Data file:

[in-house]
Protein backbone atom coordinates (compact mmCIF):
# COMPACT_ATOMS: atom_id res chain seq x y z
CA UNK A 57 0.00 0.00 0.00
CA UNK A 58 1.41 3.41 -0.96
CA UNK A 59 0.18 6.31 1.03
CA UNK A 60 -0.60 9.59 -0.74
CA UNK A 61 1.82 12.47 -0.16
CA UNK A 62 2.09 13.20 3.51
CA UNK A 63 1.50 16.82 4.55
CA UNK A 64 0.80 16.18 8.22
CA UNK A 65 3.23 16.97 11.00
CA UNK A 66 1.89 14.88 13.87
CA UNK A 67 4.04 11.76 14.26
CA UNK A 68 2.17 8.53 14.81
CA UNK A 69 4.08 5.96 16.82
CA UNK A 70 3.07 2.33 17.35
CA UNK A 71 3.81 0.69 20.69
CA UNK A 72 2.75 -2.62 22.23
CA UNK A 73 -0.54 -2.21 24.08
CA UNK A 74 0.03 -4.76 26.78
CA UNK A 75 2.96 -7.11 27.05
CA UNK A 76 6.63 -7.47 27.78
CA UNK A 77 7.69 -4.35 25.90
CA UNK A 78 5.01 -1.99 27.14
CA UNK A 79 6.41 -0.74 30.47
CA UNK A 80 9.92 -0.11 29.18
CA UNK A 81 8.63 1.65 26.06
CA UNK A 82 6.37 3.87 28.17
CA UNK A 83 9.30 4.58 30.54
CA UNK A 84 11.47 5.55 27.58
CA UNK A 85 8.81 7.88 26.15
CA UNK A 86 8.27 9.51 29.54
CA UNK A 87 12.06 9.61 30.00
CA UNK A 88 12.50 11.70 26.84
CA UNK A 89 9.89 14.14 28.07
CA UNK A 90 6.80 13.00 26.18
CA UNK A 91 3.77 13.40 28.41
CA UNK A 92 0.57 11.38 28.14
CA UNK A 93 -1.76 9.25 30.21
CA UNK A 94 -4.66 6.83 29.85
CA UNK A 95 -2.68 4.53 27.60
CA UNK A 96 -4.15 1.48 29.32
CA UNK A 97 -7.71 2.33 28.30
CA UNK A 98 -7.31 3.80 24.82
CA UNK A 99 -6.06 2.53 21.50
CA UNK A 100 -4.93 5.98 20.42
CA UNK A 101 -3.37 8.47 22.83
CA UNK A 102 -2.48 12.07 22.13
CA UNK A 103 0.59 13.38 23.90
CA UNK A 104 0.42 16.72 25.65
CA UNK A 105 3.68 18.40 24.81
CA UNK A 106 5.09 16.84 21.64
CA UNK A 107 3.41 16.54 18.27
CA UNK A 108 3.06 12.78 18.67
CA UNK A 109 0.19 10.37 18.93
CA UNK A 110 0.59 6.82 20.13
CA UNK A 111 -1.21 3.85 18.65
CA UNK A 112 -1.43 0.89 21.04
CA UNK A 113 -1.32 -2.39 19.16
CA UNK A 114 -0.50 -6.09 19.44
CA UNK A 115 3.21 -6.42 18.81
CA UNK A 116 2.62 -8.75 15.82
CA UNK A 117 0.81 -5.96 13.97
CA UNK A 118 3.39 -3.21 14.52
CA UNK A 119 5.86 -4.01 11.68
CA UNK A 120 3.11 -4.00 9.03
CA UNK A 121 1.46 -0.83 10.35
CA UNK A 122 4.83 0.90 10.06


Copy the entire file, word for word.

[in-house]
Protein backbone atom coordinates (compact mmCIF):
# COMPACT_ATOMS: atom_id res chain seq x y z
CA UNK A 57 0.00 0.00 0.00
CA UNK A 58 1.41 3.41 -0.96
CA UNK A 59 0.18 6.31 1.03
CA UNK A 60 -0.60 9.59 -0.74
CA UNK A 61 1.82 12.47 -0.16
CA UNK A 62 2.09 13.20 3.51
CA UNK A 63 1.50 16.82 4.55
CA UNK A 64 0.80 16.18 8.22
CA UNK A 65 3.23 16.97 11.00
CA UNK A 66 1.89 14.88 13.87
CA UNK A 67 4.04 11.76 14.26
CA UNK A 68 2.17 8.53 14.81
CA UNK A 69 4.08 5.96 16.82
CA UNK A 70 3.07 2.33 17.35
CA UNK A 71 3.81 0.69 20.69
CA UNK A 72 2.75 -2.62 22.23
CA UNK A 73 -0.54 -2.21 24.08
CA UNK A 74 0.03 -4.76 26.78
CA UNK A 75 2.96 -7.11 27.05
CA UNK A 76 6.63 -7.47 27.78
CA UNK A 77 7.69 -4.35 25.90
CA UNK A 78 5.01 -1.99 27.14
CA UNK A 79 6.41 -0.74 30.47
CA UNK A 80 9.92 -0.11 29.18
CA UNK A 81 8.63 1.65 26.06
CA UNK A 82 6.37 3.87 28.17
CA UNK A 83 9.30 4.58 30.54
CA UNK A 84 11.47 5.55 27.58
CA UNK A 85 8.81 7.88 26.15
CA UNK A 86 8.27 9.51 29.54
CA UNK A 87 12.06 9.61 30.00
CA UNK A 88 12.50 11.70 26.84
CA UNK A 89 9.89 14.14 28.07
CA UNK A 90 6.80 13.00 26.18
CA UNK A 91 3.77 13.40 28.41
CA UNK A 92 0.57 11.38 28.14
CA UNK A 93 -1.76 9.25 30.21
CA UNK A 94 -4.66 6.83 29.85
CA UNK A 95 -2.68 4.53 27.60
CA UNK A 96 -4.15 1.48 29.32
CA UNK A 97 -7.71 2.33 28.30
CA UNK A 98 -7.31 3.80 24.82
CA UNK A 99 -6.06 2.53 21.50
CA UNK A 100 -4.93 5.98 20.42
CA UNK A 101 -3.37 8.47 22.83
CA UNK A 102 -2.48 12.07 22.13
CA UNK A 103 0.59 13.38 23.90
CA UNK A 104 0.42 16.72 25.65
CA UNK A 105 3.68 18.40 24.81
CA UNK A 106 5.09 16.84 21.64
CA UNK A 107 3.41 16.54 18.27
CA UNK A 108 3.06 12.78 18.67
CA UNK A 109 0.19 10.37 18.93
CA UNK A 110 0.59 6.82 20.13
CA UNK A 111 -1.21 3.85 18.65
CA UNK A 112 -1.43 0.89 21.04
CA UNK A 113 -1.32 -2.39 19.16
CA UNK A 114 -0.50 -6.09 19.44
CA UNK A 115 3.21 -6.42 18.81
CA UNK A 116 2.62 -8.75 15.82
CA UNK A 117 0.81 -5.96 13.97
CA UNK A 118 3.39 -3.21 14.52
CA UNK A 119 5.86 -4.01 11.68
CA UNK A 120 3.11 -4.00 9.03
CA UNK A 121 1.46 -0.83 10.35
CA UNK A 122 4.83 0.90 10.06